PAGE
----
The world we see that seems so insane is the result of a belief system that is not working. To perceive the world differently, we must be willing to change our belief system, let the past slip away, expand our sense of now, and dissolve the fear in our minds.
Remember, democracy never lasts long. It soon wastes, exhausts, and murders itself. There never was a democracy yet that did not commit suicide.
However great a man's fear of life, suicide remains the courageous act, the clear-headed act of a mathematician. The suicide has judged by the laws of chance -- so many odds against one that to live will be more miserable than to die. His sense of mathematics is greater than his sense of survival. But think how a sense of survival must clamor to be heard at the last moment, what excuses it must present of a totally unscientific nature.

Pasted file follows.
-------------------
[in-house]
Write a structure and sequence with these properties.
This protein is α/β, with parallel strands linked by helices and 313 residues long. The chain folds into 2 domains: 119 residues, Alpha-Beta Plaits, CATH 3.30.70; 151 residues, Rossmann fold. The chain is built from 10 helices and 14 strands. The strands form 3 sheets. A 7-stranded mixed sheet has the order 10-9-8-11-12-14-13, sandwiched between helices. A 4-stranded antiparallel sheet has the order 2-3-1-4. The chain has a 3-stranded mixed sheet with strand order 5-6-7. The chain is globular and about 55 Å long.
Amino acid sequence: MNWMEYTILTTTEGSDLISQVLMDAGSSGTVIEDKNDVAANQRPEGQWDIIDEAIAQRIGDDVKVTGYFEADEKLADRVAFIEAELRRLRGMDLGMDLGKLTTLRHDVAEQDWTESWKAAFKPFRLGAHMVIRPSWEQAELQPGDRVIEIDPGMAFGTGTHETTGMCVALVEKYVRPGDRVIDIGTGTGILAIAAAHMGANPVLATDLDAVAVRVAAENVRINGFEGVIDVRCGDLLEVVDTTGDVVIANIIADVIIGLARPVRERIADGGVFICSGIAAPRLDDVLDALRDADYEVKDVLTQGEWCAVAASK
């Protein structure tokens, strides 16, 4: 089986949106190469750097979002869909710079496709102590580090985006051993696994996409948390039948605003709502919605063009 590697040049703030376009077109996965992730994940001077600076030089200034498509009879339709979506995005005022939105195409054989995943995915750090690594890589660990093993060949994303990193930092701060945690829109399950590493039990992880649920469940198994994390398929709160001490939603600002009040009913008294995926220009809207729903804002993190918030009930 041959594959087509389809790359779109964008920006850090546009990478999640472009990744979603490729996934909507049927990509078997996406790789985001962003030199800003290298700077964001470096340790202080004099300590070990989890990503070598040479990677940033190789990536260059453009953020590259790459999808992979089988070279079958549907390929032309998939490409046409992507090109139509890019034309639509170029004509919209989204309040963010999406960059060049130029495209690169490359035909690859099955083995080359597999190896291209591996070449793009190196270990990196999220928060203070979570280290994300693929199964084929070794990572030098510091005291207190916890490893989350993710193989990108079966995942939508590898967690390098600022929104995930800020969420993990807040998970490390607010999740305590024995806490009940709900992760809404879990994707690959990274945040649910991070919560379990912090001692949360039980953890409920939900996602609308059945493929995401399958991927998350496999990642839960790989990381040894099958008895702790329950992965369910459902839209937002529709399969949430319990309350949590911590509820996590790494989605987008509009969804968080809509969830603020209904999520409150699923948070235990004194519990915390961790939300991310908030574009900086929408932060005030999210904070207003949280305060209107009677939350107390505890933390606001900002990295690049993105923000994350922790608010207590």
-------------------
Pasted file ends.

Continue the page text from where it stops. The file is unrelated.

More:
Sarcasm: the last refuge of modest and chaste-souled people when the privacy of their soul is coarsely and intrusively invaded.
Realists do not fear the results of their study.
If there is no God, everything is permitted.
You are told a lot about your education, but some beautiful, sacred memory, preserved since childhood, is perhaps the best education of all. If a man carries many such memories into life with him, he is saved for the rest of his days. And even if only one good memory is left in our hearts, it may also be the instrument of our salvation one day.
Lying to ourselves is more deeply ingrained than lying to others.
If you like a man's laugh before you know anything of him, you may say with confidence that he is a good man.
Neither man or nation can exist without a sublime idea.